Remembering J. Mike Walker

There’s nothing that Longhorns and Aggies like more than a little friendly competition.

But J. Mike Walker, an alumnus of both The University of Texas at Austin and Texas A&M University, showed that when an investment is made in both universities, everybody — from students and faculty on each campus to the citizens across Texas and beyond — can win.

Before his death in December 2018, Walker, who received his master’s in mechanical engineering from UT in 1968, united the rival universities with his extraordinary gifts of $20 million to support their departments of mechanical engineering.

“Thanks to these investments, Mike did not just enhance both universities,” says Sharon L. Wood, dean of UT’s Cockrell School of Engineering. “He helped to reshape the future of innovation throughout the state of Texas as well.”

Top Photo
Detail of Mark di Suvero, Clock Knot, 2007
Courtesy of UT Landmarks
President Gregory L. Fenves, Professor Joe Beaman, Professor Rick Neptune, Dean Sharon L. Wood, and Asleep at the Wheel’s Ray Benson celebrate the dedication of the J. Mike Walker Department of Mechanical Engineering.

UT Austin’s newly named J. Mike Walker Department of Mechanical Engineering is widely known as one of the best in the U.S. For more than 100 years, it has educated Longhorns who go on to lead in a variety of fields — as astronauts, inventors, educators, CEOs and in other roles across industries. It has also been an incubator for some of the most significant technologies of our time, including the lithium-ion battery and one of the most widely used methods of 3D printing.

Walker’s own life exhibits the dedication and tenacity that defines Texas engineers. Born and raised in a two-room log cabin outside Huntington, Texas, he graduated at the top of his undergraduate mechanical engineering class at Texas A&M. As the recipient of a prestigious National Science Foundation Fellowship, he was able to earn his master’s degree at UT before returning to Texas A&M to earn his Ph.D. and teach engineering mechanics. He went on to found Dril-Quip, one of the world’s leading manufacturers of offshore drilling and production equipment.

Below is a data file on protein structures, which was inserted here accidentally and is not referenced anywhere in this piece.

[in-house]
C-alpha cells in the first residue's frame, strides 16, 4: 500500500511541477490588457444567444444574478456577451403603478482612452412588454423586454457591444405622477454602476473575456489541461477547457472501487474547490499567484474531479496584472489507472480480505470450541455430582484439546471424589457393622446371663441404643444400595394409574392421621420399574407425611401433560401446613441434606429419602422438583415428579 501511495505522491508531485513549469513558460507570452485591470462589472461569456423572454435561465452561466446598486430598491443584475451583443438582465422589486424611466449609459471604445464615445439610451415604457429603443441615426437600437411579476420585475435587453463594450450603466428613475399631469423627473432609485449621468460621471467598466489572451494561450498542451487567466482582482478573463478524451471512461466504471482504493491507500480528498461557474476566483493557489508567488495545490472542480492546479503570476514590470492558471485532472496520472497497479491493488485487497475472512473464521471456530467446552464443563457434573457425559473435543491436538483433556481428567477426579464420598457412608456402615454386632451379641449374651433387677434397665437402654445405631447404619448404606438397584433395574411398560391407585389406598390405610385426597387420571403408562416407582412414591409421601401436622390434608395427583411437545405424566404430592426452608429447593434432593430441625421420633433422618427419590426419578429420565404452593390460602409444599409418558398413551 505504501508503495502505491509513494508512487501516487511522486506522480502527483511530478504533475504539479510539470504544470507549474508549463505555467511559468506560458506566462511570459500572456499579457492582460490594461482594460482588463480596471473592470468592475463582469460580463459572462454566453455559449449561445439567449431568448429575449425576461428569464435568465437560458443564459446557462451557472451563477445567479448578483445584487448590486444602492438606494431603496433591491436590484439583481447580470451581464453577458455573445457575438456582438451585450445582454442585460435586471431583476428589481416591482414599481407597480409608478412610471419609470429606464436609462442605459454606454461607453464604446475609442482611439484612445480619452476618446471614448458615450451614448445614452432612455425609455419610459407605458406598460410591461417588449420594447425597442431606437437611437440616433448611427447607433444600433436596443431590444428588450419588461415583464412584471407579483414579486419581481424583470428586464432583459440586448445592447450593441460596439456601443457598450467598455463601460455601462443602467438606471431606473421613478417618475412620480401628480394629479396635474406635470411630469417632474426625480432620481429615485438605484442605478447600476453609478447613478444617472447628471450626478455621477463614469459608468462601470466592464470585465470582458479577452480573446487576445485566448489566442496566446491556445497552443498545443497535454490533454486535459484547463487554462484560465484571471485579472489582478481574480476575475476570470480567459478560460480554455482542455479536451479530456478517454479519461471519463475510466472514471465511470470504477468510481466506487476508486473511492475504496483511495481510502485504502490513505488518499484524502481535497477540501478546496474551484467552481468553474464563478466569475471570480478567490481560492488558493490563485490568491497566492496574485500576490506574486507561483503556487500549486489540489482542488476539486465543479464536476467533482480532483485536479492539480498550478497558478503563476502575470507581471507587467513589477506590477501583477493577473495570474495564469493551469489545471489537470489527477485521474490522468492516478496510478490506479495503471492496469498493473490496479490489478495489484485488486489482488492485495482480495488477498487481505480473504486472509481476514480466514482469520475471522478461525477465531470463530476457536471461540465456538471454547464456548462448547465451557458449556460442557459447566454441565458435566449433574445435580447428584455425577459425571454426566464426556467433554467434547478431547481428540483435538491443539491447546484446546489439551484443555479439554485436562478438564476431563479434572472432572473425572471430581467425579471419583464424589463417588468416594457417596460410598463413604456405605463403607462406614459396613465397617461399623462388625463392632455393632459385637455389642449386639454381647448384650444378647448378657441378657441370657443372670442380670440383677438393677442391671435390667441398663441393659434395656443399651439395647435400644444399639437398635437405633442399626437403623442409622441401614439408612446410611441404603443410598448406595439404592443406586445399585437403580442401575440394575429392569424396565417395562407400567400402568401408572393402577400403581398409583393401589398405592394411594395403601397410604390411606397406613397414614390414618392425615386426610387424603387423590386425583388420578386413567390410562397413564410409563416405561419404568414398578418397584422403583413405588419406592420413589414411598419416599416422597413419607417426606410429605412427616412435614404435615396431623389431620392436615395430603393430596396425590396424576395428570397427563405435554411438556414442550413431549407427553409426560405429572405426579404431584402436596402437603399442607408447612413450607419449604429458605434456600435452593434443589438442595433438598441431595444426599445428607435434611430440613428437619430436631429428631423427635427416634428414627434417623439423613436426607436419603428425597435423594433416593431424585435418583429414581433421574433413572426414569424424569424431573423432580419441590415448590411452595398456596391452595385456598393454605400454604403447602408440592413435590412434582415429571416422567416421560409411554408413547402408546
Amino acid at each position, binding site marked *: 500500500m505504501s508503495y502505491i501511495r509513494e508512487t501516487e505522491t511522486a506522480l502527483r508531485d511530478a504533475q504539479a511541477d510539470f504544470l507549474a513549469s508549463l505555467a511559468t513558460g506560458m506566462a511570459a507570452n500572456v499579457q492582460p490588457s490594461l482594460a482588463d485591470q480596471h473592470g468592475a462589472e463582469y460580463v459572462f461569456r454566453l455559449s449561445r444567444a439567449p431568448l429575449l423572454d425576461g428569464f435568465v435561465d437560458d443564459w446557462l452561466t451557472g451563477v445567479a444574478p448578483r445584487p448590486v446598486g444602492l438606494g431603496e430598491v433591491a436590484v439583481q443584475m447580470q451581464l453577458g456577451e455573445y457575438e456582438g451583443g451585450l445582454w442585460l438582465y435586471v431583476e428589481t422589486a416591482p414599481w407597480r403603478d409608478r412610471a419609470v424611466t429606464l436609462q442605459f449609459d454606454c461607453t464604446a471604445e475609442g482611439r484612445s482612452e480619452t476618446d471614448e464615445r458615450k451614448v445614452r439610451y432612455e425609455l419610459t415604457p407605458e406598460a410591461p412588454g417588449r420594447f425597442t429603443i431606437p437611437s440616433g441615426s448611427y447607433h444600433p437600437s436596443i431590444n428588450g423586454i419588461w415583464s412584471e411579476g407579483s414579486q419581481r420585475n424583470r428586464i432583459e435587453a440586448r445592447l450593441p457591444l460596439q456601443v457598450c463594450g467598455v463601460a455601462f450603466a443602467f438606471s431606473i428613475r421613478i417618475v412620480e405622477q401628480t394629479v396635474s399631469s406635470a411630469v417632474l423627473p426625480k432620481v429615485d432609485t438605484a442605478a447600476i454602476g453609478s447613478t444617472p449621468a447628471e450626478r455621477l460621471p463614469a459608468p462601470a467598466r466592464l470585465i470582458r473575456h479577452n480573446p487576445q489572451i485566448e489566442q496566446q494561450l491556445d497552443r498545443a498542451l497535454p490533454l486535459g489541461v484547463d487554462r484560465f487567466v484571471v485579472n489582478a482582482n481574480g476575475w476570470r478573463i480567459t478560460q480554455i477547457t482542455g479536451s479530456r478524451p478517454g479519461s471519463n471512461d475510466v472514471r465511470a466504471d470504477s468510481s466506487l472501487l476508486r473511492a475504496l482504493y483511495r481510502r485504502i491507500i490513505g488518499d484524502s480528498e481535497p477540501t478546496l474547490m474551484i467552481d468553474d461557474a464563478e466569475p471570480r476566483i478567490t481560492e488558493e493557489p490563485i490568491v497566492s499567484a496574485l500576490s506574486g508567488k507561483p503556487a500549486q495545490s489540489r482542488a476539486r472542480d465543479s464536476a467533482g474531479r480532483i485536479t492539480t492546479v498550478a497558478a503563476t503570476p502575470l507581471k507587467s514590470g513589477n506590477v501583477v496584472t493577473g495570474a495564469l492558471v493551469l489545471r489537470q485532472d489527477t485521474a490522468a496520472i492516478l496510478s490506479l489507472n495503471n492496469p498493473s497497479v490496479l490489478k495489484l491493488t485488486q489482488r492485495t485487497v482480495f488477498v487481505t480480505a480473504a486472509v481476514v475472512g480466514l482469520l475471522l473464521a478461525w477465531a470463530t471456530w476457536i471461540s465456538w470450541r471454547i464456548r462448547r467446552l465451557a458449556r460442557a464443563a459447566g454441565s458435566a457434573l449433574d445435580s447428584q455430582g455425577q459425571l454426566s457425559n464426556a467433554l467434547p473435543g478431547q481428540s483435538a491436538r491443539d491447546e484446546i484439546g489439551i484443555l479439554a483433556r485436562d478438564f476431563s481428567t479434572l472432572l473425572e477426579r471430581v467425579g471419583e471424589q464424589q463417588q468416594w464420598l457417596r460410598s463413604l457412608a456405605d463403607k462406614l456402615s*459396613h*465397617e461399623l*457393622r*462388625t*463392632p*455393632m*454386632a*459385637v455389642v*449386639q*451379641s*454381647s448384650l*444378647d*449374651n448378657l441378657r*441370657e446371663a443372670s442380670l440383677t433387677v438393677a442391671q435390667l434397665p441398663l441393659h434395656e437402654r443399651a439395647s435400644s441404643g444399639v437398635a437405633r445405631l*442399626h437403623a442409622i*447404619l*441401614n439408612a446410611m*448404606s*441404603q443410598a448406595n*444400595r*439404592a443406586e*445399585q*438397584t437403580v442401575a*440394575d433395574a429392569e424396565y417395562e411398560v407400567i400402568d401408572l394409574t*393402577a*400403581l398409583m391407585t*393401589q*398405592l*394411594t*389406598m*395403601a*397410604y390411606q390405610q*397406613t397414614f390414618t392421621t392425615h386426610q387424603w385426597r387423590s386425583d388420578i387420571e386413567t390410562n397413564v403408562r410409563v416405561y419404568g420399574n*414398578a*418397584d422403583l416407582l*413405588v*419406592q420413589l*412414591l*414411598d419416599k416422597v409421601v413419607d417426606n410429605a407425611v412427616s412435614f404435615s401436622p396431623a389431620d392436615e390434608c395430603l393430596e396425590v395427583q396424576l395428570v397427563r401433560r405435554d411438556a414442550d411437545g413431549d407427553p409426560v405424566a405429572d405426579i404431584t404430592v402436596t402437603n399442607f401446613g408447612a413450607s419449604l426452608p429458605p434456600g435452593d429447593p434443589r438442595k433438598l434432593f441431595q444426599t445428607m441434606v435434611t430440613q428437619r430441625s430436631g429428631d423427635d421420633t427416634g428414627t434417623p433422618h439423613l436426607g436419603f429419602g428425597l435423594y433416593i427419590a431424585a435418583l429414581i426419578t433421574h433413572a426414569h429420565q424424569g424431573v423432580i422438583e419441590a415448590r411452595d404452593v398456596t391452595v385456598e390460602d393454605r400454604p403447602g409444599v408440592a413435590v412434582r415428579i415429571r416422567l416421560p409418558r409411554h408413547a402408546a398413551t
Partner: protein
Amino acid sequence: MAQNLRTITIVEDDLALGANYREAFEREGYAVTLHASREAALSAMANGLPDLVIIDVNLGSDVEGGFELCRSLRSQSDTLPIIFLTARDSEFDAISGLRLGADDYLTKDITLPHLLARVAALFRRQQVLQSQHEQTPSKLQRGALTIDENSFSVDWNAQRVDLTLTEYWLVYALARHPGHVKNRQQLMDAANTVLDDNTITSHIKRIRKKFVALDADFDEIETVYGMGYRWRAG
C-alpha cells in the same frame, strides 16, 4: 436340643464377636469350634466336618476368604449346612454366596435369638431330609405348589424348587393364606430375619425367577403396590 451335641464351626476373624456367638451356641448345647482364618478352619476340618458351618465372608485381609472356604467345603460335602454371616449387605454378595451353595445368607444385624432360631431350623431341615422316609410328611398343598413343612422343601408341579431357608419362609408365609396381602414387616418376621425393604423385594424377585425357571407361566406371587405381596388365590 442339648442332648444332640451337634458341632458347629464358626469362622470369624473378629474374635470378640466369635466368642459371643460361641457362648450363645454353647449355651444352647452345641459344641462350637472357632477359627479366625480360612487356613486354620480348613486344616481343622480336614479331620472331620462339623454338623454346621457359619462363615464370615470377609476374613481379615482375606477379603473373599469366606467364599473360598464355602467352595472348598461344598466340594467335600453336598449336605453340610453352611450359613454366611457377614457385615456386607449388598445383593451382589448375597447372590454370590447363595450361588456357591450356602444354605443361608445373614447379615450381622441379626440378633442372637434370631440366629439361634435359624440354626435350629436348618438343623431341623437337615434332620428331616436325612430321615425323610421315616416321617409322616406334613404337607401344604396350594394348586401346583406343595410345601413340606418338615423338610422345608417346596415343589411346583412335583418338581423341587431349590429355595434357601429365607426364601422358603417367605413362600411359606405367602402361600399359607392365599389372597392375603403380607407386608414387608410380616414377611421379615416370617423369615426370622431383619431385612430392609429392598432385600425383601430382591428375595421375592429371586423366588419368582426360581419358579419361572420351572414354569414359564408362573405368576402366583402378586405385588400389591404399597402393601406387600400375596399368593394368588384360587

“As a dedicated advocate for the value of higher education, Mike chose to give back to this department because of the powerful impact that his academic experiences had on his life and career.”

Sharon L. Wood
Dean, Cockrell School of Engineering

J. Mike Walker Department of Mechanical Engineering: A National Leader

1,200+ undergraduate and 400+ graduate students

#11 undergraduate mechanical engineering program

#10 graduate mechanical engineering program

Transformative research including the invention and development of the lithium-ion rechargeable battery and the selective laser sintering 3-D printing technique

His gift will ensure that UT maintains its influential place in mechanical engineering innovation. State-of-the-art research and teaching resources will support the work of students and faculty, while excellence funding will help the department recruit and reward the very best students and faculty.

Walker said that his experiences at UT and A&M didn’t only train him as an engineer. “They also taught me how to be a leader — how to collaborate on big ideas, persevere through tough challenges and bounce back from failure,” he said.

“My education shaped who I am today, and I want to make that same opportunity available to as many students as I can.”

His generosity is ensuring that he does. “Mike Walker exemplified the success that a world-class university can provide,” says Rick Neptune, chair of the J. Mike Walker Department of Mechanical Engineering. “Through his gift, Mike will empower the next generation of mechanical engineering leaders and innovators to follow in his footsteps.”

“We love that Mr. Walker was looking forward to the future of engineering. This is an extraordinary act of philanthropy.”

Sophie Montemayor

Junior, Mechanical Engineering
Mechanical Engineering Undergraduate Advisory Board

“With this gift, we’ll be able to make sure that students have the learning environment they need to grow and become great mechanical engineers.”

Samraz Badruddin

Senior, Mechanical Engineering
President, American Society of Mechanical Engineers, UT Austin chapter

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